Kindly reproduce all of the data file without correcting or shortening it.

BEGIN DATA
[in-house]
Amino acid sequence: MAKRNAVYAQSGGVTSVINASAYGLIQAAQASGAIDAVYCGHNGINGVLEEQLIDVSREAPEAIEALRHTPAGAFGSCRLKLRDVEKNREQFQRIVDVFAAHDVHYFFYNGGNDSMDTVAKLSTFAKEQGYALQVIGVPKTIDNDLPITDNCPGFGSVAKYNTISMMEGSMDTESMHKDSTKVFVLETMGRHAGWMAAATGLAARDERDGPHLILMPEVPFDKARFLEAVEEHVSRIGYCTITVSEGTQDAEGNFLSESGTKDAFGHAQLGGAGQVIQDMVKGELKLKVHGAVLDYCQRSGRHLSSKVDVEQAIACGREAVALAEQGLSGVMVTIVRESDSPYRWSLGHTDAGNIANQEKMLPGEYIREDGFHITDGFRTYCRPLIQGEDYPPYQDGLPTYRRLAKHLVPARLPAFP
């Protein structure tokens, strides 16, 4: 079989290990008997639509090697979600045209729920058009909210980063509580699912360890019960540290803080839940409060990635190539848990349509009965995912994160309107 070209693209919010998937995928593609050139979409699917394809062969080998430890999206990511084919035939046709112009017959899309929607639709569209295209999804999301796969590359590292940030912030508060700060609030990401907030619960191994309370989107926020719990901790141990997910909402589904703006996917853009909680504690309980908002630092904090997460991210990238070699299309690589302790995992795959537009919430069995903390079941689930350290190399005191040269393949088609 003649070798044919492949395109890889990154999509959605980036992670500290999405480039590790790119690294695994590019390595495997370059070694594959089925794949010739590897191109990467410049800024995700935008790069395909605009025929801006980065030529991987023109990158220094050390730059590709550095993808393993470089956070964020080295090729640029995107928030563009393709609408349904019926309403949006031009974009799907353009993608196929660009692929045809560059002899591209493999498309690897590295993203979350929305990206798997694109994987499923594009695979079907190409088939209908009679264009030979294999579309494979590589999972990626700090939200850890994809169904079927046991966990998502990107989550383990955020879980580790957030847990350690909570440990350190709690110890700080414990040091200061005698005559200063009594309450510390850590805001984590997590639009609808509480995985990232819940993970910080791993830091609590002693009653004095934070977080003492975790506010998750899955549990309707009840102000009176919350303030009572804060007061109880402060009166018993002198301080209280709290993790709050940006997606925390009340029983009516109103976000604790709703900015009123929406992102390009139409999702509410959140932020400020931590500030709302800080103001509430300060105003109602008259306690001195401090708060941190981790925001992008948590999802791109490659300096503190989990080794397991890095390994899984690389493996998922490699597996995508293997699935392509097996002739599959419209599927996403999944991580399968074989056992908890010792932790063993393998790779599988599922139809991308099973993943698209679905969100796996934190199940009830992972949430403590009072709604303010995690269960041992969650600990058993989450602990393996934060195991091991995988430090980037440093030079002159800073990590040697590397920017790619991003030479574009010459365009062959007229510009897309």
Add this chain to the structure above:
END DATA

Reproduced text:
[in-house]
Amino acid sequence: MAKRNAVYAQSGGVTSVINASAYGLIQAAQASGAIDAVYCGHNGINGVLEEQLIDVSREAPEAIEALRHTPAGAFGSCRLKLRDVEKNREQFQRIVDVFAAHDVHYFFYNGGNDSMDTVAKLSTFAKEQGYALQVIGVPKTIDNDLPITDNCPGFGSVAKYNTISMMEGSMDTESMHKDSTKVFVLETMGRHAGWMAAATGLAARDERDGPHLILMPEVPFDKARFLEAVEEHVSRIGYCTITVSEGTQDAEGNFLSESGTKDAFGHAQLGGAGQVIQDMVKGELKLKVHGAVLDYCQRSGRHLSSKVDVEQAIACGREAVALAEQGLSGVMVTIVRESDSPYRWSLGHTDAGNIANQEKMLPGEYIREDGFHITDGFRTYCRPLIQGEDYPPYQDGLPTYRRLAKHLVPARLPAFP
């Protein structure tokens, strides 16, 4: 079989290990008997639509090697979600045209729920058009909210980063509580699912360890019960540290803080839940409060990635190539848990349509009965995912994160309107 070209693209919010998937995928593609050139979409699917394809062969080998430890999206990511084919035939046709112009017959899309929607639709569209295209999804999301796969590359590292940030912030508060700060609030990401907030619960191994309370989107926020719990901790141990997910909402589904703006996917853009909680504690309980908002630092904090997460991210990238070699299309690589302790995992795959537009919430069995903390079941689930350290190399005191040269393949088609 003649070798044919492949395109890889990154999509959605980036992670500290999405480039590790790119690294695994590019390595495997370059070694594959089925794949010739590897191109990467410049800024995700935008790069395909605009025929801006980065030529991987023109990158220094050390730059590709550095993808393993470089956070964020080295090729640029995107928030563009393709609408349904019926309403949006031009974009799907353009993608196929660009692929045809560059002899591209493999498309690897590295993203979350929305990206798997694109994987499923594009695979079907190409088939209908009679264009030979294999579309494979590589999972990626700090939200850890994809169904079927046991966990998502990107989550383990955020879980580790957030847990350690909570440990350190709690110890700080414990040091200061005698005559200063009594309450510390850590805001984590997590639009609808509480995985990232819940993970910080791993830091609590002693009653004095934070977080003492975790506010998750899955549990309707009840102000009176919350303030009572804060007061109880402060009166018993002198301080209280709290993790709050940006997606925390009340029983009516109103976000604790709703900015009123929406992102390009139409999702509410959140932020400020931590500030709302800080103001509430300060105003109602008259306690001195401090708060941190981790925001992008948590999802791109490659300096503190989990080794397991890095390994899984690389493996998922490699597996995508293997699935392509097996002739599959419209599927996403999944991580399968074989056992908890010792932790063993393998790779599988599922139809991308099973993943698209679905969100796996934190199940009830992972949430403590009072709604303010995690269960041992969650600990058993989450602990393996934060195991091991995988430090980037440093030079002159800073990590040697590397920017790619991003030479574009010459365009062959007229510009897309």
Add this chain to the structure above: